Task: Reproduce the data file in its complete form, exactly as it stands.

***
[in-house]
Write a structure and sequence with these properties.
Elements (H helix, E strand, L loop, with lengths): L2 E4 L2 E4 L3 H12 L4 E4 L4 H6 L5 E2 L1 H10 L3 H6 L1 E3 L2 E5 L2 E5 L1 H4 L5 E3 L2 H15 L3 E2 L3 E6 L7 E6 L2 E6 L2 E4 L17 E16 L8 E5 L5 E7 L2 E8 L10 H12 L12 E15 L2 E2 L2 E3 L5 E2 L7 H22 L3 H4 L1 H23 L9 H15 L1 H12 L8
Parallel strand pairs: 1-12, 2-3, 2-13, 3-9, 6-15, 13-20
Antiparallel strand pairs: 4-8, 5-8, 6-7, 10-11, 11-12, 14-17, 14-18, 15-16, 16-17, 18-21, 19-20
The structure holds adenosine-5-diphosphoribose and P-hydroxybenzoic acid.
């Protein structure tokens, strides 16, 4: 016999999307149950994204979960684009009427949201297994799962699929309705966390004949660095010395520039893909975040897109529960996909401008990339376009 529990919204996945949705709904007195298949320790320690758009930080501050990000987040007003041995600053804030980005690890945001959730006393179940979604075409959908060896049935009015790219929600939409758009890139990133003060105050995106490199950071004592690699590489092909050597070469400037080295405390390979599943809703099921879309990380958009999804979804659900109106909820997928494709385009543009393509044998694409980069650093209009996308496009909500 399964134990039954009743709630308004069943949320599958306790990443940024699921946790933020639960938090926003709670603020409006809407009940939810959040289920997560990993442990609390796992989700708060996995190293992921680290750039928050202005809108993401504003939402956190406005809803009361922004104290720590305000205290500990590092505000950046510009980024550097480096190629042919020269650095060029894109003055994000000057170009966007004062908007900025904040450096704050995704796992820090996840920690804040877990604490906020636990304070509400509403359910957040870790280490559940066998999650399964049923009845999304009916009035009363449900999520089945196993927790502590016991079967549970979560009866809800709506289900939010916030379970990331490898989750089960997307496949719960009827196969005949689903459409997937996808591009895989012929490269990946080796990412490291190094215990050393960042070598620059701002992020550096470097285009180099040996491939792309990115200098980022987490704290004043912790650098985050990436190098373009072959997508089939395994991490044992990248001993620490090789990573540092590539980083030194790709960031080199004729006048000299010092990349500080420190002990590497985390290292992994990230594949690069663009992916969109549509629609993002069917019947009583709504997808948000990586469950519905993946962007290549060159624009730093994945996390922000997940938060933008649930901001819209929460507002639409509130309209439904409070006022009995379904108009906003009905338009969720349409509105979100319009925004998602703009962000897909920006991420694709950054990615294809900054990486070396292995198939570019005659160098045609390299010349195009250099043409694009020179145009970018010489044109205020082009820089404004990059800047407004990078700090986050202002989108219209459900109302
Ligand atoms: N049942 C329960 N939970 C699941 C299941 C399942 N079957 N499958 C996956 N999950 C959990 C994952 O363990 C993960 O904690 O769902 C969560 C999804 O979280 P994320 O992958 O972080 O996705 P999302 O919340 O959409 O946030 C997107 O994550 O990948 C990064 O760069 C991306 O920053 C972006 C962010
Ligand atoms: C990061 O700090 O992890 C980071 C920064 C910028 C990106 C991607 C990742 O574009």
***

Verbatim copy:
[in-house]
Write a structure and sequence with these properties.
Elements (H helix, E strand, L loop, with lengths): L2 E4 L2 E4 L3 H12 L4 E4 L4 H6 L5 E2 L1 H10 L3 H6 L1 E3 L2 E5 L2 E5 L1 H4 L5 E3 L2 H15 L3 E2 L3 E6 L7 E6 L2 E6 L2 E4 L17 E16 L8 E5 L5 E7 L2 E8 L10 H12 L12 E15 L2 E2 L2 E3 L5 E2 L7 H22 L3 H4 L1 H23 L9 H15 L1 H12 L8
Parallel strand pairs: 1-12, 2-3, 2-13, 3-9, 6-15, 13-20
Antiparallel strand pairs: 4-8, 5-8, 6-7, 10-11, 11-12, 14-17, 14-18, 15-16, 16-17, 18-21, 19-20
The structure holds adenosine-5-diphosphoribose and P-hydroxybenzoic acid.
């Protein structure tokens, strides 16, 4: 016999999307149950994204979960684009009427949201297994799962699929309705966390004949660095010395520039893909975040897109529960996909401008990339376009 529990919204996945949705709904007195298949320790320690758009930080501050990000987040007003041995600053804030980005690890945001959730006393179940979604075409959908060896049935009015790219929600939409758009890139990133003060105050995106490199950071004592690699590489092909050597070469400037080295405390390979599943809703099921879309990380958009999804979804659900109106909820997928494709385009543009393509044998694409980069650093209009996308496009909500 399964134990039954009743709630308004069943949320599958306790990443940024699921946790933020639960938090926003709670603020409006809407009940939810959040289920997560990993442990609390796992989700708060996995190293992921680290750039928050202005809108993401504003939402956190406005809803009361922004104290720590305000205290500990590092505000950046510009980024550097480096190629042919020269650095060029894109003055994000000057170009966007004062908007900025904040450096704050995704796992820090996840920690804040877990604490906020636990304070509400509403359910957040870790280490559940066998999650399964049923009845999304009916009035009363449900999520089945196993927790502590016991079967549970979560009866809800709506289900939010916030379970990331490898989750089960997307496949719960009827196969005949689903459409997937996808591009895989012929490269990946080796990412490291190094215990050393960042070598620059701002992020550096470097285009180099040996491939792309990115200098980022987490704290004043912790650098985050990436190098373009072959997508089939395994991490044992990248001993620490090789990573540092590539980083030194790709960031080199004729006048000299010092990349500080420190002990590497985390290292992994990230594949690069663009992916969109549509629609993002069917019947009583709504997808948000990586469950519905993946962007290549060159624009730093994945996390922000997940938060933008649930901001819209929460507002639409509130309209439904409070006022009995379904108009906003009905338009969720349409509105979100319009925004998602703009962000897909920006991420694709950054990615294809900054990486070396292995198939570019005659160098045609390299010349195009250099043409694009020179145009970018010489044109205020082009820089404004990059800047407004990078700090986050202002989108219209459900109302
Ligand atoms: N049942 C329960 N939970 C699941 C299941 C399942 N079957 N499958 C996956 N999950 C959990 C994952 O363990 C993960 O904690 O769902 C969560 C999804 O979280 P994320 O992958 O972080 O996705 P999302 O919340 O959409 O946030 C997107 O994550 O990948 C990064 O760069 C991306 O920053 C972006 C962010
Ligand atoms: C990061 O700090 O992890 C980071 C920064 C910028 C990106 C991607 C990742 O574009």